Sakla Fishing Village

I really like it when new people come to visit me. Especially when they say to you “Let’s go somewhere you haven’t been to before. Let’s go somewhere that’s off the map!” So, that is what we did today. We got into the car, just after lunch-time, and crossed the river by car ferry. We then drove down south towards Chulalongkorn Fort (point 1 on map below) which is on the Gulf of Thailand. I wasn’t going to the fort today as I had been there many times.

What I wanted to do was to try and hire a boat (point 2) and head along a canal and out to the coast (point 3). As you can see on this map, there is a large area with no road access at all. In some areas, the tide has started to come in and some temples are now completely surrounded by the sea. You can only get to these villages by boat. I found someone who would rent us a boat for 500 baht but he said we wouldn’t be able to get all the way to the coast as it was low tide. We should have come in the morning. So, we changed our plans and decided to visit Sakla Village instead (point 4). I will do the boat trip another day.

On the map book in my car, the road is marked as only going half way. So, obviously it has only recently been paved. This fishing village is in the middle of no-where. Literally. I don’t think you would find many tourists coming this way. It is a shame because they would miss out on witnessing a lifestyle which is rapidly disappearing in urban Thailand. The main occupation of these people is fishing and the selling of produce such as shrimp paste and dried shrimp. Families have been living here for hundreds of years, since before the Ayutthaya period. Their dialect is similar to the Mons and they have their own unique culture and customs.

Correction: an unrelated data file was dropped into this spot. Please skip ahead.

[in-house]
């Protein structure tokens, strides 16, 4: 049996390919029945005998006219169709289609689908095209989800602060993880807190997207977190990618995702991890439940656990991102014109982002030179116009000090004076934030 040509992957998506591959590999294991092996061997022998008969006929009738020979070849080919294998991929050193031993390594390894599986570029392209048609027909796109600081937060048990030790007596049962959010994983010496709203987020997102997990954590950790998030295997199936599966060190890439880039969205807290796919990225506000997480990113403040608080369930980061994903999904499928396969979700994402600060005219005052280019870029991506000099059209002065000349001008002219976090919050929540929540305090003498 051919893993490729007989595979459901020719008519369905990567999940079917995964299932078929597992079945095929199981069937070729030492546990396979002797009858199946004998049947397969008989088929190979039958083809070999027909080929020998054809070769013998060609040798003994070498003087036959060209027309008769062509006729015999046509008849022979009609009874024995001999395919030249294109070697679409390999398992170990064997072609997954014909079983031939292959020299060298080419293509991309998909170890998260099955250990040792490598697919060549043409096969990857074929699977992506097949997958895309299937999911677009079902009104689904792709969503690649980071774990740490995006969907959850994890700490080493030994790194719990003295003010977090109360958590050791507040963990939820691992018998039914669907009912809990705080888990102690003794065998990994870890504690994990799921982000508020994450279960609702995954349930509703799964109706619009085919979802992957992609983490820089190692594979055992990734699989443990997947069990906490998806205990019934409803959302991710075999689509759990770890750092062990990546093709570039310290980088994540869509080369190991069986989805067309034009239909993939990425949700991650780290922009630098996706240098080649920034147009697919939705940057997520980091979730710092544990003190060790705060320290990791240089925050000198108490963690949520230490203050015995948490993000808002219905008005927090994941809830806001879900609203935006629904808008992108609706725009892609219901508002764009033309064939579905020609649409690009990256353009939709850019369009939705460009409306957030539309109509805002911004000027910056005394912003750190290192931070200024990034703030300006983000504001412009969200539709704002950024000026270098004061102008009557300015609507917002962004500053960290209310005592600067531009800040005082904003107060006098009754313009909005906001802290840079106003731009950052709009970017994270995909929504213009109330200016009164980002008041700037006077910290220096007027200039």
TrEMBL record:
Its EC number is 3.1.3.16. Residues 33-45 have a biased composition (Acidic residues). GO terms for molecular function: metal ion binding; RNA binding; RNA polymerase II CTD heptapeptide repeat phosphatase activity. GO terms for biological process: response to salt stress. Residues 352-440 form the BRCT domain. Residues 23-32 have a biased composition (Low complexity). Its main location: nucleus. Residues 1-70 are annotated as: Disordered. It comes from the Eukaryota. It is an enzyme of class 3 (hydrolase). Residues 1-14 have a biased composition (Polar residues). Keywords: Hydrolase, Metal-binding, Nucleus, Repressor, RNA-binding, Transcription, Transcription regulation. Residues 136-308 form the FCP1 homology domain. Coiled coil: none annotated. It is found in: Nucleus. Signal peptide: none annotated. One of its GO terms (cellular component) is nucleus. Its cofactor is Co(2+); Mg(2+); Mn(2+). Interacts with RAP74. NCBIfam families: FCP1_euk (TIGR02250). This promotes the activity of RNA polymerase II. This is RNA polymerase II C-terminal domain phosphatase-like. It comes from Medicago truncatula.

The shops and houses are built close to each other on the banks of the river and its branches. We walked down the narrow paths alongside the rivers for a while before crossing a bridge to visit Wat Sakhla. This temple has a unique looking prang which leans alarmingly to the left. A bit like the Leaning Tower of Pisa. It is supposed to be several hundreds years old and built of wood. The main Buddha image is very highly revered. They apparently have a festival celebrating it at the end of the year. Maybe I will try and come back for that.

That was a good trip today. I think I should try and make an effort to visit one or two new places every month. I am sure there is a lot more to see in Samut Prakan. The Tourist Authority is presently running a campaign for Unseen Thailand. Let’s see if I can find some more places that tourists don’t often get to see.

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